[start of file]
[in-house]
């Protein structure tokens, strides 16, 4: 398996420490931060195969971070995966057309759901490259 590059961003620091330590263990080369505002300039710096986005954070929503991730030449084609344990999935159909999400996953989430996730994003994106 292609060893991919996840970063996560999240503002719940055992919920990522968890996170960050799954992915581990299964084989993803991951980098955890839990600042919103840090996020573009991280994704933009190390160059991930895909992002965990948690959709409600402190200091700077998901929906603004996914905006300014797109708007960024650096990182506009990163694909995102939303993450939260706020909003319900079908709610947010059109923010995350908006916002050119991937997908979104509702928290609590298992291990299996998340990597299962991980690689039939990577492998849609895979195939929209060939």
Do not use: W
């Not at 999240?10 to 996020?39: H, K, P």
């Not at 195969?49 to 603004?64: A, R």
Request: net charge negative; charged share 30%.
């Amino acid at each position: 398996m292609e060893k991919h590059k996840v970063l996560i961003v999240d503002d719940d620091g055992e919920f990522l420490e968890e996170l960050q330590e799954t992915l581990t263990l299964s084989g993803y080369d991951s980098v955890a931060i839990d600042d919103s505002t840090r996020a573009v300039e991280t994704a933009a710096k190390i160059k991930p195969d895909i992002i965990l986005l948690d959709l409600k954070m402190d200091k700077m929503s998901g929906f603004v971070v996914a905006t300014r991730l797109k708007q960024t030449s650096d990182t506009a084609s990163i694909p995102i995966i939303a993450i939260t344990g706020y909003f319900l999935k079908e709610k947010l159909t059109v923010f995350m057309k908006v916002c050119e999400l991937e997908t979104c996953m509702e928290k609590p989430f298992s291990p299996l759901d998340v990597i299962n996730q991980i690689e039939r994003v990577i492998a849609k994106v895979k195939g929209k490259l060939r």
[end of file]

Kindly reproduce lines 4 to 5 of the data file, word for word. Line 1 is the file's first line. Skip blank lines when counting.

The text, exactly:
């Not at 999240?10 to 996020?39: H, K, P």
């Not at 195969?49 to 603004?64: A, R």